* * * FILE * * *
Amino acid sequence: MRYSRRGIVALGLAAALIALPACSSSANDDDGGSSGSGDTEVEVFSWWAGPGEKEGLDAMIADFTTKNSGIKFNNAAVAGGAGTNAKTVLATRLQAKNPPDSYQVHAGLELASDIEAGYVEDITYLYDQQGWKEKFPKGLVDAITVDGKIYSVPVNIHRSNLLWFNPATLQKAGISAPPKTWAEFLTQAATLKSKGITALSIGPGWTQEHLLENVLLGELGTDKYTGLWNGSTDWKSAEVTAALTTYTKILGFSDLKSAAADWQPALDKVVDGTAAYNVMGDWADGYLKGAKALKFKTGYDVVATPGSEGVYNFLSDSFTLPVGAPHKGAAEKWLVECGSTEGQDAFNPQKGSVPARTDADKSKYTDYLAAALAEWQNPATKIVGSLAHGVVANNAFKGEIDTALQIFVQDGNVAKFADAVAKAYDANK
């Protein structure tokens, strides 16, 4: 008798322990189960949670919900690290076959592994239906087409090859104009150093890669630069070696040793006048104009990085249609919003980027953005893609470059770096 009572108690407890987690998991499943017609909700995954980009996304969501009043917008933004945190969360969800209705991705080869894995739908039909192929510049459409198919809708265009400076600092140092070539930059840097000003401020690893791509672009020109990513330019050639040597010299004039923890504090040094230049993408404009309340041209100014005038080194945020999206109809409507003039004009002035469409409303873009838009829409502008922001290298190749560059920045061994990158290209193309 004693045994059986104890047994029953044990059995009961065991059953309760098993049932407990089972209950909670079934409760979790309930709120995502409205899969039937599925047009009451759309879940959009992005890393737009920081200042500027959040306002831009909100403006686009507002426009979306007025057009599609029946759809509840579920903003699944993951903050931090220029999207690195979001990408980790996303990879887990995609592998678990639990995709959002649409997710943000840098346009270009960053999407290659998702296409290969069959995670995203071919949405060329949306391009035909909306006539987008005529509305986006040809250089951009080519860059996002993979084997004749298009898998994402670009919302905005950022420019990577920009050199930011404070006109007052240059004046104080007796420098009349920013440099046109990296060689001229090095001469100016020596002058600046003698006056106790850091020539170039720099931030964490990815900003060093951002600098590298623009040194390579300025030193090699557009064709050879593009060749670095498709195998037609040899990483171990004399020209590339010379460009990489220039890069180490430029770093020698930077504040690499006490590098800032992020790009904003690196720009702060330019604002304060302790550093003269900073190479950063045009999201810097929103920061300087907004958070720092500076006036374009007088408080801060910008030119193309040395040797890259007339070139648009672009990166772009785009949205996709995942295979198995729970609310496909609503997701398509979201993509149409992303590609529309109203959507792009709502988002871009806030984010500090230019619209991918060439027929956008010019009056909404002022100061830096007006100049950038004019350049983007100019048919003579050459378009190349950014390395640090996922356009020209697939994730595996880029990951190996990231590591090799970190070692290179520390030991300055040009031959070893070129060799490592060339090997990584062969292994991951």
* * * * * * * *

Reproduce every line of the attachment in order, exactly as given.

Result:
Amino acid sequence: MRYSRRGIVALGLAAALIALPACSSSANDDDGGSSGSGDTEVEVFSWWAGPGEKEGLDAMIADFTTKNSGIKFNNAAVAGGAGTNAKTVLATRLQAKNPPDSYQVHAGLELASDIEAGYVEDITYLYDQQGWKEKFPKGLVDAITVDGKIYSVPVNIHRSNLLWFNPATLQKAGISAPPKTWAEFLTQAATLKSKGITALSIGPGWTQEHLLENVLLGELGTDKYTGLWNGSTDWKSAEVTAALTTYTKILGFSDLKSAAADWQPALDKVVDGTAAYNVMGDWADGYLKGAKALKFKTGYDVVATPGSEGVYNFLSDSFTLPVGAPHKGAAEKWLVECGSTEGQDAFNPQKGSVPARTDADKSKYTDYLAAALAEWQNPATKIVGSLAHGVVANNAFKGEIDTALQIFVQDGNVAKFADAVAKAYDANK
């Protein structure tokens, strides 16, 4: 008798322990189960949670919900690290076959592994239906087409090859104009150093890669630069070696040793006048104009990085249609919003980027953005893609470059770096 009572108690407890987690998991499943017609909700995954980009996304969501009043917008933004945190969360969800209705991705080869894995739908039909192929510049459409198919809708265009400076600092140092070539930059840097000003401020690893791509672009020109990513330019050639040597010299004039923890504090040094230049993408404009309340041209100014005038080194945020999206109809409507003039004009002035469409409303873009838009829409502008922001290298190749560059920045061994990158290209193309 004693045994059986104890047994029953044990059995009961065991059953309760098993049932407990089972209950909670079934409760979790309930709120995502409205899969039937599925047009009451759309879940959009992005890393737009920081200042500027959040306002831009909100403006686009507002426009979306007025057009599609029946759809509840579920903003699944993951903050931090220029999207690195979001990408980790996303990879887990995609592998678990639990995709959002649409997710943000840098346009270009960053999407290659998702296409290969069959995670995203071919949405060329949306391009035909909306006539987008005529509305986006040809250089951009080519860059996002993979084997004749298009898998994402670009919302905005950022420019990577920009050199930011404070006109007052240059004046104080007796420098009349920013440099046109990296060689001229090095001469100016020596002058600046003698006056106790850091020539170039720099931030964490990815900003060093951002600098590298623009040194390579300025030193090699557009064709050879593009060749670095498709195998037609040899990483171990004399020209590339010379460009990489220039890069180490430029770093020698930077504040690499006490590098800032992020790009904003690196720009702060330019604002304060302790550093003269900073190479950063045009999201810097929103920061300087907004958070720092500076006036374009007088408080801060910008030119193309040395040797890259007339070139648009672009990166772009785009949205996709995942295979198995729970609310496909609503997701398509979201993509149409992303590609529309109203959507792009709502988002871009806030984010500090230019619209991918060439027929956008010019009056909404002022100061830096007006100049950038004019350049983007100019048919003579050459378009190349950014390395640090996922356009020209697939994730595996880029990951190996990231590591090799970190070692290179520390030991300055040009031959070893070129060799490592060339090997990584062969292994991951």